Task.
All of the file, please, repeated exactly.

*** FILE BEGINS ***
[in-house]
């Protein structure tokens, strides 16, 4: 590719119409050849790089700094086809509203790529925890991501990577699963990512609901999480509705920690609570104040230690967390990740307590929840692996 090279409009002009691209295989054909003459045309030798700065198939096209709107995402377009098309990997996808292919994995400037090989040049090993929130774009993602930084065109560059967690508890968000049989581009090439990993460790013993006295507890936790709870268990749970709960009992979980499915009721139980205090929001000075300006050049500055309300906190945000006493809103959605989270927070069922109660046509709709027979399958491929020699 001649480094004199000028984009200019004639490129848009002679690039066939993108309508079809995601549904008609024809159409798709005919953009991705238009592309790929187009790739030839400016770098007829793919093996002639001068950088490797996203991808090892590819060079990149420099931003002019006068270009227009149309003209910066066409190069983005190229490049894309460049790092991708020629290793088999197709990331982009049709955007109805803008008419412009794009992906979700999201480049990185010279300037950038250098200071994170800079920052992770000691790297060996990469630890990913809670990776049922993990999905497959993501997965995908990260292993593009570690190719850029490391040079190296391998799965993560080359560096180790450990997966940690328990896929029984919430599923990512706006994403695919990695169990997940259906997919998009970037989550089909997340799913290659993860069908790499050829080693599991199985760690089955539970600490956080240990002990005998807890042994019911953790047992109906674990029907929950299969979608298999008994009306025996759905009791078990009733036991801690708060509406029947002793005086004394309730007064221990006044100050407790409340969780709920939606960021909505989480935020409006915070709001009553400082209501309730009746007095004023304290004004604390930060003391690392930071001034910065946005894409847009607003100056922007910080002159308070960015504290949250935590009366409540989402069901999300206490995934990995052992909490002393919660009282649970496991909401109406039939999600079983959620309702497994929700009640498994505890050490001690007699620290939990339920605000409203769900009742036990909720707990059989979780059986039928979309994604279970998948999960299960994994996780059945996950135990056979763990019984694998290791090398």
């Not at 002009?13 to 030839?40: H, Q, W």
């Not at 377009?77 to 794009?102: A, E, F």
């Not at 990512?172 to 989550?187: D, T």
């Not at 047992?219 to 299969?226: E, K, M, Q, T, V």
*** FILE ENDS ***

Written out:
[in-house]
């Protein structure tokens, strides 16, 4: 590719119409050849790089700094086809509203790529925890991501990577699963990512609901999480509705920690609570104040230690967390990740307590929840692996 090279409009002009691209295989054909003459045309030798700065198939096209709107995402377009098309990997996808292919994995400037090989040049090993929130774009993602930084065109560059967690508890968000049989581009090439990993460790013993006295507890936790709870268990749970709960009992979980499915009721139980205090929001000075300006050049500055309300906190945000006493809103959605989270927070069922109660046509709709027979399958491929020699 001649480094004199000028984009200019004639490129848009002679690039066939993108309508079809995601549904008609024809159409798709005919953009991705238009592309790929187009790739030839400016770098007829793919093996002639001068950088490797996203991808090892590819060079990149420099931003002019006068270009227009149309003209910066066409190069983005190229490049894309460049790092991708020629290793088999197709990331982009049709955007109805803008008419412009794009992906979700999201480049990185010279300037950038250098200071994170800079920052992770000691790297060996990469630890990913809670990776049922993990999905497959993501997965995908990260292993593009570690190719850029490391040079190296391998799965993560080359560096180790450990997966940690328990896929029984919430599923990512706006994403695919990695169990997940259906997919998009970037989550089909997340799913290659993860069908790499050829080693599991199985760690089955539970600490956080240990002990005998807890042994019911953790047992109906674990029907929950299969979608298999008994009306025996759905009791078990009733036991801690708060509406029947002793005086004394309730007064221990006044100050407790409340969780709920939606960021909505989480935020409006915070709001009553400082209501309730009746007095004023304290004004604390930060003391690392930071001034910065946005894409847009607003100056922007910080002159308070960015504290949250935590009366409540989402069901999300206490995934990995052992909490002393919660009282649970496991909401109406039939999600079983959620309702497994929700009640498994505890050490001690007699620290939990339920605000409203769900009742036990909720707990059989979780059986039928979309994604279970998948999960299960994994996780059945996950135990056979763990019984694998290791090398």
């Not at 002009?13 to 030839?40: H, Q, W």
């Not at 377009?77 to 794009?102: A, E, F």
């Not at 990512?172 to 989550?187: D, T």
């Not at 047992?219 to 299969?226: E, K, M, Q, T, V």